1 We use the term storyworld as defined by Marie-Laure Ryan in Story/Worlds/Media, 34-36. In her contribution, she lists as “components” of the storyworld the following entities: existents (characters), setting (space), physical laws (of the fictional world), social rules and values, events (“the causes of the changes of state”).

2 “ideea de-a completa simpla ceartă între țărani pentru pământ, care ar fi fost prea monotonă, cu o acțiune secundară, când paralelă și când împletită cu cea principală, o acțiune care să privească pătura intelectuală din Ardeal și, în primul rând, familia învățătorească și preoțească.” All of the quote translations from Romanian are ours, unless otherwise specified.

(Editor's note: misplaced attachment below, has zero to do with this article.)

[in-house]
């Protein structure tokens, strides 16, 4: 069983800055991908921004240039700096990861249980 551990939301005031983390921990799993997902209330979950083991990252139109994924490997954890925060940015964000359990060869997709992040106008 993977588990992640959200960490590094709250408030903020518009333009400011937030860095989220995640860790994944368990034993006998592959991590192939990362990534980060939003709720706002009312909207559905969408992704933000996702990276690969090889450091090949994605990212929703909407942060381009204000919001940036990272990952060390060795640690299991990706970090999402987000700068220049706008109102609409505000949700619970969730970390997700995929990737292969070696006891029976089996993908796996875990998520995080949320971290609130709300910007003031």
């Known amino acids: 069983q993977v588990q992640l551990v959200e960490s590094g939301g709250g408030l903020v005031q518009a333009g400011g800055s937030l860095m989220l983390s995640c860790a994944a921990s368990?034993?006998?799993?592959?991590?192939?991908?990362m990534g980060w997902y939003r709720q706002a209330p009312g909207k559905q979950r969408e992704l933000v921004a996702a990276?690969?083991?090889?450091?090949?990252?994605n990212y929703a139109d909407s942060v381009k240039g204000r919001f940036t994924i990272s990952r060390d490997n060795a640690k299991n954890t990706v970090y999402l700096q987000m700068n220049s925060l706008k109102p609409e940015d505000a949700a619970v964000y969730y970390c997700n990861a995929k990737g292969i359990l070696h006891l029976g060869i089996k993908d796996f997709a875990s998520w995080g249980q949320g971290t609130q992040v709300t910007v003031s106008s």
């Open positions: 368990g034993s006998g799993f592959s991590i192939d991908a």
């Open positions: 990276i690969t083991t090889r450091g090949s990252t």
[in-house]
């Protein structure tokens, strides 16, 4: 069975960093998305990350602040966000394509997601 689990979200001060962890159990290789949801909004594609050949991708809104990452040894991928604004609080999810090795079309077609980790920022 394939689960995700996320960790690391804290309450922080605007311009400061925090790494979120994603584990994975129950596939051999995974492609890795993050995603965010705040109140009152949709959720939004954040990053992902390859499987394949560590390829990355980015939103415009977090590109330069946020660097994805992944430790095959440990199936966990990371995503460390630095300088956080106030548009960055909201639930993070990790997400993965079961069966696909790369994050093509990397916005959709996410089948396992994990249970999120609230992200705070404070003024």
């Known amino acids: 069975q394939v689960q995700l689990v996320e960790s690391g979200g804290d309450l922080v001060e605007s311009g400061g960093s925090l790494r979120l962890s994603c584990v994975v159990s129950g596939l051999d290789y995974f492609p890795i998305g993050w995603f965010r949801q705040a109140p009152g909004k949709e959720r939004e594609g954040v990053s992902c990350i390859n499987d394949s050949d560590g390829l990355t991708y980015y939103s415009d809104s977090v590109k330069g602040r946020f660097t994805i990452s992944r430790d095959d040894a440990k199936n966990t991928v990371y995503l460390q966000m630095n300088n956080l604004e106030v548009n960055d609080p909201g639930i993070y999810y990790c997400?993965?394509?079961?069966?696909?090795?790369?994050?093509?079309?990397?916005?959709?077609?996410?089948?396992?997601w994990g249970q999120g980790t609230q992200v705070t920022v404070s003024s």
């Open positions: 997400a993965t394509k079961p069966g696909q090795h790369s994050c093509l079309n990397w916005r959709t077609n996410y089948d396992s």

3 They can vary from one word to several dozens.


5 For other tools for the digital analysis of the Romanian novel, see Pojoga et al, Digital Tools; for visualisations of quantitative analyses based on The General Dictionary of Romanian Novel and focused on authors, not fictional worlds, see Neagu et al. and Toma et al.

6 See, for instance, the cases of lawyers Victor Grofșoru and Lendvay and doctor Virgil Pintea, the brother of George Pintea, Titu’s brother-in-law’.

7 “Dacă doriți, putem face actele la primărie, unde-i mai comod și mai curat...” (411). All of the quotes from Ion in English are taken from A. Hillard’s translation (1965).

8 “care n-ar fi îngăduit nici în ruptul capului ca fata ei să se amestece printre țărani” (22).